Accounts receivable (AR) aging report lists unpaid customer invoices, a primary tool used by collections staff to determine which invoices are overdue for payment. The AR collection process is used to evaluate how long customers take to pay their invoices.
This process flow outlines the AR aging and collection process. It outlines steps such as:
- Reviewing balances aged over 30, 60 and 90 days
- Coordinating payment status with the claims company
- Coordinating payments with customers
- Writing off appropriate accounts
|7. Internal Audit Performance Measures Key Performance Indicators (KPIs)|
An effective business process is built on a set of well-defined and clearly stated business objectives. To build and continually improve an effective business process, a company establishes: key objectives to articulate the performance results they expect from the business process, outcome measures to determine whether they have reached the key objectives, and activity measures to monitor the performance of instrumental activities.
This tool outlines key objectives for conducting internal audits, the outcome measures associated with each objective, and the activity measures that drive each outcome measure.
|8. Inventory Policy|
This tool contains two sample policies that outline guidelines and accounting policies to ensure that inventory is properly controlled and valued and that losses or shortages are prevented. It applies to all inventory items, including raw materials/parts, work-in-progress, and finished goods and consigned inventory. The procedures focus on inventory valuation, slow-moving and excess inventory/reserves, reconciliation of perpetual inventory, physical inventory, consigned inventory, scrap, intercompany transfers, and capitalized costs.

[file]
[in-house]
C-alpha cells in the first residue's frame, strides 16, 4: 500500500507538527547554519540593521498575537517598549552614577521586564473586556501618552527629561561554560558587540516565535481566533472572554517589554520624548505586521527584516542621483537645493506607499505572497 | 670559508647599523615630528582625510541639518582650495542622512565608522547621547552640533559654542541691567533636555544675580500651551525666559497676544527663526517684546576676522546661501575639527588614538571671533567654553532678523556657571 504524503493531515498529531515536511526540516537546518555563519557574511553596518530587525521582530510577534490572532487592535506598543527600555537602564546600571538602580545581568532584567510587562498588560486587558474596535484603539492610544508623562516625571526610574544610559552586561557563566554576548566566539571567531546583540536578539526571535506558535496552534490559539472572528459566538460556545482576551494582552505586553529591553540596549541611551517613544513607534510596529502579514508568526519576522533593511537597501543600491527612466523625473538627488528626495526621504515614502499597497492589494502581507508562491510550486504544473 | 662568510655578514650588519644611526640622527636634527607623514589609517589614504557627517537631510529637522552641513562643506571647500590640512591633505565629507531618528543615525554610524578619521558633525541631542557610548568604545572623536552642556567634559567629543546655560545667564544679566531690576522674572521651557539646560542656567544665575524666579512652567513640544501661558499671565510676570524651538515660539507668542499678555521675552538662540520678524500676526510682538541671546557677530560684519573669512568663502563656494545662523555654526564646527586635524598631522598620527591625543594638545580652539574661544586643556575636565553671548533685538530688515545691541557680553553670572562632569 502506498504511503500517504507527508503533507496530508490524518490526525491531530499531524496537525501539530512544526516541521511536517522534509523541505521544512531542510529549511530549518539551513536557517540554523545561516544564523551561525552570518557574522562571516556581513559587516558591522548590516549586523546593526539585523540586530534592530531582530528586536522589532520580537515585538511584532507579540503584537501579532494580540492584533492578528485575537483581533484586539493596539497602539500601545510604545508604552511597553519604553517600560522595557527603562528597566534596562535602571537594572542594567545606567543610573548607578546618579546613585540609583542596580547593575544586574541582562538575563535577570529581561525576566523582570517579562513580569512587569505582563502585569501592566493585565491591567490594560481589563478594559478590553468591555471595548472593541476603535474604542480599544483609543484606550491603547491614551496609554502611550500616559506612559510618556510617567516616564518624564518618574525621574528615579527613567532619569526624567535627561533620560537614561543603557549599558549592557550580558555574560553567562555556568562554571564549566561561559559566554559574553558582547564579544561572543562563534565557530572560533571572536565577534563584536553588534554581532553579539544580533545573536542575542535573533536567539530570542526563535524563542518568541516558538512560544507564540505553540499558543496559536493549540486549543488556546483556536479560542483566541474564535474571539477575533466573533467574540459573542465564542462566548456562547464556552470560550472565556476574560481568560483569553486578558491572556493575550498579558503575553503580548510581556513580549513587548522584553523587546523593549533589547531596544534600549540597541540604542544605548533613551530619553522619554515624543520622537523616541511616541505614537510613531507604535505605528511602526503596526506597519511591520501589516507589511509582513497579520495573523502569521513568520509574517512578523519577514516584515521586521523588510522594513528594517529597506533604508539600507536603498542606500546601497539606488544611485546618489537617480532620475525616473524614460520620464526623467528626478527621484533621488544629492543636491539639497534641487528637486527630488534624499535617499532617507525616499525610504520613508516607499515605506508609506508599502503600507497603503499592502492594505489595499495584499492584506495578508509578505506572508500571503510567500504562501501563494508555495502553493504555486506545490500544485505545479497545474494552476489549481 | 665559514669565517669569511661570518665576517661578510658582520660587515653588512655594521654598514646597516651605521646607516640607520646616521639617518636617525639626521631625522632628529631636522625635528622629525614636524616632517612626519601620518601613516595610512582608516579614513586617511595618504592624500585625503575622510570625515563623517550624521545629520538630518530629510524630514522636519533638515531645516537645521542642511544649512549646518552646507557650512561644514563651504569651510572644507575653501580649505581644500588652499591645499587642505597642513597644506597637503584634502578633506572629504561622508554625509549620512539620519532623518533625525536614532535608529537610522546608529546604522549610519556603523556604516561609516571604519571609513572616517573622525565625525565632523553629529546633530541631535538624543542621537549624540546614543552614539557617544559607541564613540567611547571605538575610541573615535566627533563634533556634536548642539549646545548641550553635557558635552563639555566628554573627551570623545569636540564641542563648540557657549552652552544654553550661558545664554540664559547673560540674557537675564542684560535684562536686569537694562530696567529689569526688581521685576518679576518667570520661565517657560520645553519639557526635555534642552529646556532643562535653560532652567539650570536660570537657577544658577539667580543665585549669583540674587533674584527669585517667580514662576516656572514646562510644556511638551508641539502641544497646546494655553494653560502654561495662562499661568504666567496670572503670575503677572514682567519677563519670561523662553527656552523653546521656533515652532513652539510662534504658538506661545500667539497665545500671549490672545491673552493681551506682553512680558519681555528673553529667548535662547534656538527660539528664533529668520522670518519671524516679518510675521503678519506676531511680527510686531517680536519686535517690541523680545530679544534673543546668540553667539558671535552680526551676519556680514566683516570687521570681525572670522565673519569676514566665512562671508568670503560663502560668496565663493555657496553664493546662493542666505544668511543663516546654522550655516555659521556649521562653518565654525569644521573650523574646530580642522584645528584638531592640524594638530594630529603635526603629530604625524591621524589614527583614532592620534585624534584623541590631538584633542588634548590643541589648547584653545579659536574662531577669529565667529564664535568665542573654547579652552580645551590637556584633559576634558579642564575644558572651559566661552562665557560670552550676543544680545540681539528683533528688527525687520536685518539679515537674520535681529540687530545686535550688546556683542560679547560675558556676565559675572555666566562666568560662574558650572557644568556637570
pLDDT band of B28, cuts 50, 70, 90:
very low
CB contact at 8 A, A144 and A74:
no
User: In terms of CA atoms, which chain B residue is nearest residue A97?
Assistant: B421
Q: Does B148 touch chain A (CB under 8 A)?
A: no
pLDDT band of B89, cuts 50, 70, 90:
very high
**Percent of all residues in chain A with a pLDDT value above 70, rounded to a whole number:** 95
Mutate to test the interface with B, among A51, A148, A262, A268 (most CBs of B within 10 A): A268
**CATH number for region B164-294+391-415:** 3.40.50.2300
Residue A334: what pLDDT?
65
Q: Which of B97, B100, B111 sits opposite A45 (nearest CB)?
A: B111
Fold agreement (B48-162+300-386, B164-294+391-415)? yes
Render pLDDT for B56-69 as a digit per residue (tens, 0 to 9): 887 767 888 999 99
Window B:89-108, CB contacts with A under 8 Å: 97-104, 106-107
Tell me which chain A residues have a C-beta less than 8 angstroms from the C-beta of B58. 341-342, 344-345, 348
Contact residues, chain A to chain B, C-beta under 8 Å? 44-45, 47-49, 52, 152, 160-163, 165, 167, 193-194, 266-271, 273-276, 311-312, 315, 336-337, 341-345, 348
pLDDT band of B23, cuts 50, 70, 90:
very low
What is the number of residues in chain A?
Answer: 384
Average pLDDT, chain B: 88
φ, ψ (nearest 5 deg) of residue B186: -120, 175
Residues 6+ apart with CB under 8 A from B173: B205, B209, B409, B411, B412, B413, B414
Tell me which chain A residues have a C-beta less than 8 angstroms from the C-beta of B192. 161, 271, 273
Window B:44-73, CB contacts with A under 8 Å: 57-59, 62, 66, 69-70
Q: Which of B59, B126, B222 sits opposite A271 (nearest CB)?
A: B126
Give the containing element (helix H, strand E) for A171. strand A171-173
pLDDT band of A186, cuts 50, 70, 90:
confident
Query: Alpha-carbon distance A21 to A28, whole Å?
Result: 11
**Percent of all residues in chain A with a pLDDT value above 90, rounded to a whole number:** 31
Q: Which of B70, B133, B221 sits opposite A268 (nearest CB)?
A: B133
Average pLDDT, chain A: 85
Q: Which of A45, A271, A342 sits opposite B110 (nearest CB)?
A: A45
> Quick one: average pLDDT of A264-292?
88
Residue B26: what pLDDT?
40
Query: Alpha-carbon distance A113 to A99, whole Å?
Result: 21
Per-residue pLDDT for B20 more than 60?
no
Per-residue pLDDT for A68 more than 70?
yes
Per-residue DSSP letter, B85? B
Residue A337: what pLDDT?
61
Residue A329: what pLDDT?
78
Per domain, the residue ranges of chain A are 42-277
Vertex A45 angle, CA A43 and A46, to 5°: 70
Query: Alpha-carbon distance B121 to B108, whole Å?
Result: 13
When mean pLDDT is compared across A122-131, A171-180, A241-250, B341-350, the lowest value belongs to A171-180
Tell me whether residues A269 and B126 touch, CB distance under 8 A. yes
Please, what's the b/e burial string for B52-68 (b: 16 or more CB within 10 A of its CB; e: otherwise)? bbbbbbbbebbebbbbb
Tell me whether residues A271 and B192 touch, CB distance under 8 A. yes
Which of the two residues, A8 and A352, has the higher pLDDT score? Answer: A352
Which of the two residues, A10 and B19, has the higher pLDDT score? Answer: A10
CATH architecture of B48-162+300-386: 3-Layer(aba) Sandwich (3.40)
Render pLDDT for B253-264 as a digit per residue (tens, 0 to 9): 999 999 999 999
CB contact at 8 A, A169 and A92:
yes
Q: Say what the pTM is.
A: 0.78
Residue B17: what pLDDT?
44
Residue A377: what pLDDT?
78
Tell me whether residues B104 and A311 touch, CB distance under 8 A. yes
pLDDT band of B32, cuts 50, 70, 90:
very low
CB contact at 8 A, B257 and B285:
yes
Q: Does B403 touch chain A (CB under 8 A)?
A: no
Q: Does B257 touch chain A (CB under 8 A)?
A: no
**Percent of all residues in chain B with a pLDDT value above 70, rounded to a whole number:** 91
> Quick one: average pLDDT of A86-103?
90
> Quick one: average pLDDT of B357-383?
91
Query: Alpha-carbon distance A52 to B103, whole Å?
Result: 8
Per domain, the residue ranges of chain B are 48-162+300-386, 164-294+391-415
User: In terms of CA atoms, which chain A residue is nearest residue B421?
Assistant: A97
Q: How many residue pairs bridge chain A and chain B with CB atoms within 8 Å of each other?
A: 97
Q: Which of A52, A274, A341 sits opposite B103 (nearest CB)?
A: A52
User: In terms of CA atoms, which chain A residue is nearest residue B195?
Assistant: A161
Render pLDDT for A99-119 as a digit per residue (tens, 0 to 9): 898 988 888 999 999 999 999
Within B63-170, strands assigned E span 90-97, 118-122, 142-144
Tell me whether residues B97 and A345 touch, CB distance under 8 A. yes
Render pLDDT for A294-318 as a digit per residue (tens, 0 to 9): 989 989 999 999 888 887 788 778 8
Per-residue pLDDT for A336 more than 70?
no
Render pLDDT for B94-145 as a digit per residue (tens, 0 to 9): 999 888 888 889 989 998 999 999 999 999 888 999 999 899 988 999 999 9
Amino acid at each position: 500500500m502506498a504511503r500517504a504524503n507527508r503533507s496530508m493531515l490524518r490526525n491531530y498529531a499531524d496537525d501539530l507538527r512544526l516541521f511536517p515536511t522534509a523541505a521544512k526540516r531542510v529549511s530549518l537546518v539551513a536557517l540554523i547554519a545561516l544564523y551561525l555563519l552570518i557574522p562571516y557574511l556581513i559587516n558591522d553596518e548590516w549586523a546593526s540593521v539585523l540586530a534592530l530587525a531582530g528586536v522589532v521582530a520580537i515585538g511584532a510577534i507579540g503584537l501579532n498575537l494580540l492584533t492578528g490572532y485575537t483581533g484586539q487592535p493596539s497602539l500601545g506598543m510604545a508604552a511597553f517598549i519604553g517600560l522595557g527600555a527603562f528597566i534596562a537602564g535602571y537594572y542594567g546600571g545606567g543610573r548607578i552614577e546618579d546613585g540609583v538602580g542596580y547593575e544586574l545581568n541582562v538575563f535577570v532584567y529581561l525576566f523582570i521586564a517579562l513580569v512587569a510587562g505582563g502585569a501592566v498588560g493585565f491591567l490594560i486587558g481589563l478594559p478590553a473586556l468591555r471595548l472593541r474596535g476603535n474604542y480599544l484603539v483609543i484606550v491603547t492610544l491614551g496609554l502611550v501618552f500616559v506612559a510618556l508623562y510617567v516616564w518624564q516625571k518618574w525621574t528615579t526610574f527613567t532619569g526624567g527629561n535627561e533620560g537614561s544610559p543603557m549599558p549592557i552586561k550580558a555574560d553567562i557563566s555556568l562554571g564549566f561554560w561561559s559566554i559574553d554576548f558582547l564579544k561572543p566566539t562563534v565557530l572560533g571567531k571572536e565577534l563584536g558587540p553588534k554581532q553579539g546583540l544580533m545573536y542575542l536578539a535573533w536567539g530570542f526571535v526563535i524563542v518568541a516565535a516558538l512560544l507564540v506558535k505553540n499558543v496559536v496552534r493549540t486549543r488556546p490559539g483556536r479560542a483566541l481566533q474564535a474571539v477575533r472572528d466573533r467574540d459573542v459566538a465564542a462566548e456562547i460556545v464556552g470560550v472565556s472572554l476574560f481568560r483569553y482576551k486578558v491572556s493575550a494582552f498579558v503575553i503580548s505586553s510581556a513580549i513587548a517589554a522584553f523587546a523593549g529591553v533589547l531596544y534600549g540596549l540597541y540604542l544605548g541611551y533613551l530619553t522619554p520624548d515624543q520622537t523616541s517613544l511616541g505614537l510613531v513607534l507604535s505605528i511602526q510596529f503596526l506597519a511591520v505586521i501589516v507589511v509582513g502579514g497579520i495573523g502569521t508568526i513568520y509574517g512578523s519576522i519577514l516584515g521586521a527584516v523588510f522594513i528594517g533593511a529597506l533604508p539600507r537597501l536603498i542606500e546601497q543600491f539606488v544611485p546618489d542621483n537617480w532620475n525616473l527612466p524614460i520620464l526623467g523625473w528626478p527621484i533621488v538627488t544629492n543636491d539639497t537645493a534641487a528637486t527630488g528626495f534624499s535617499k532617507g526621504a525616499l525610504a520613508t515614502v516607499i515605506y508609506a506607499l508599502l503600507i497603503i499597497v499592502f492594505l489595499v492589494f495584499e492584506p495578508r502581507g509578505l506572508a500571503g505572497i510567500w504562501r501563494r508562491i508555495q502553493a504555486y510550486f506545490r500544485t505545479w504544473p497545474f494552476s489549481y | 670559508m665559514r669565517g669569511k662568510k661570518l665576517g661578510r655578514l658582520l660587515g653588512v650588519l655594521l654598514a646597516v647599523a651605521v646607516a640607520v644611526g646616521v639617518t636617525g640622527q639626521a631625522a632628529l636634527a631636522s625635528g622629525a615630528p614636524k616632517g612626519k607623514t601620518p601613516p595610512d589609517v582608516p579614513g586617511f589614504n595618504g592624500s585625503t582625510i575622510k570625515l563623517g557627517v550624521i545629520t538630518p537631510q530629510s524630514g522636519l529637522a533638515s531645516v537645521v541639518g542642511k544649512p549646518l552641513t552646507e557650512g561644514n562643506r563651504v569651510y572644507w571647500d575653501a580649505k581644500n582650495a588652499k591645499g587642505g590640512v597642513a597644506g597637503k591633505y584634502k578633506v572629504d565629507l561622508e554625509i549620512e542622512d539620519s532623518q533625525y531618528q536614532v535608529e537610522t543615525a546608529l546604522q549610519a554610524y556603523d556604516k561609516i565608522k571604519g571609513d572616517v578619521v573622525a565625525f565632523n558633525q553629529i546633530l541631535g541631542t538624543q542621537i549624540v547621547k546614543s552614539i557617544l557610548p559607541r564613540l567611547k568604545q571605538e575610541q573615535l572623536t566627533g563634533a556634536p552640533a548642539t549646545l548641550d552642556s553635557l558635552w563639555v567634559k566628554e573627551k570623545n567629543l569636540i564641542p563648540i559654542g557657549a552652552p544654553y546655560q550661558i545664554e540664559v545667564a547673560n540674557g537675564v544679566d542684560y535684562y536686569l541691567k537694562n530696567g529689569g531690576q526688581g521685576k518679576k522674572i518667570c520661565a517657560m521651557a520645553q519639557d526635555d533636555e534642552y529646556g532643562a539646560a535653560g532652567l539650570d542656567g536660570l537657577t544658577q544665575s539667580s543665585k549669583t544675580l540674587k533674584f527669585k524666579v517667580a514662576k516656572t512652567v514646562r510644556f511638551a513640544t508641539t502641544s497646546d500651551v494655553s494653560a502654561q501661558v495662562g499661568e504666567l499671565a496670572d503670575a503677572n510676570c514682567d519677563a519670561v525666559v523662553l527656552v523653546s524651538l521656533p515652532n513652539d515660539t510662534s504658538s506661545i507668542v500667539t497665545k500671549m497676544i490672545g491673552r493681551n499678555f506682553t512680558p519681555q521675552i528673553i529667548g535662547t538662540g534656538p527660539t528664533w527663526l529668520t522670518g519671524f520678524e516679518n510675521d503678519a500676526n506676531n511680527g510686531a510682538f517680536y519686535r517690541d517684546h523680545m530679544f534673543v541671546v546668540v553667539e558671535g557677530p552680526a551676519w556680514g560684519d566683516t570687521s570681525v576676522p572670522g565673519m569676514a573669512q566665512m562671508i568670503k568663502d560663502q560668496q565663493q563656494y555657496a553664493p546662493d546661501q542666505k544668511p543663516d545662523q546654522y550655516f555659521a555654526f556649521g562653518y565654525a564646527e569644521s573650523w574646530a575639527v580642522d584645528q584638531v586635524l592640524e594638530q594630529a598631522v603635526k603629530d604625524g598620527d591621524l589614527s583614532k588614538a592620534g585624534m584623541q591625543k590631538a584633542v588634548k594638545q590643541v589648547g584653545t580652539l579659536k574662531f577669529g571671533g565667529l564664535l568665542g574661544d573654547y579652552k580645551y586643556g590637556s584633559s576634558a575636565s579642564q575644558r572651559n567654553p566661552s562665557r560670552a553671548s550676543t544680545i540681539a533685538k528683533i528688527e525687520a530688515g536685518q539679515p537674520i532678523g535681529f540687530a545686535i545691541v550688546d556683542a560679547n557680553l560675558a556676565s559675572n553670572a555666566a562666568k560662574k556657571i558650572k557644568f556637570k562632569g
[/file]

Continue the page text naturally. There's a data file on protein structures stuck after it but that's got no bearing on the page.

The valuation method for each item of inventory shall remain consistent from one accounting period to the next accounting period.
|9. Inventory Audit Work Program|
This document outlines three sample work programs that provide general steps organizations can use during an inventory audit.
Sample steps in these work programs include reviewing the most recent prior audit report and relevant press releases, obtaining the completed inventory internal controls questionnaire from the plant controller, documenting any potential control weaknesses or unusual practices and investigate upon arrival, obtaining and documenting explanations from the controller for all open work orders older than two months, and ensuring that a cross-training program exists for all warehouse personnel.
|10. Procurement Internal Controls Audit Work Program|
This sample audit work program reviews the internal controls in an organization’s procurement process.
Sample questions to consider include: Are purchase orders based on authorized requisitions? Are purchase orders properly coded to identify the cost objective (direct, indirect or inventory)? Are purchase orders serially controlled and accounted for? Is the use of standardized purchase orders required? Are effective numerical document controls or status reports maintained to record the receipt of purchase requisitions? Does the purchasing department maintain specifications for all materials and services used by the contractor? Are requirements combined where appropriate?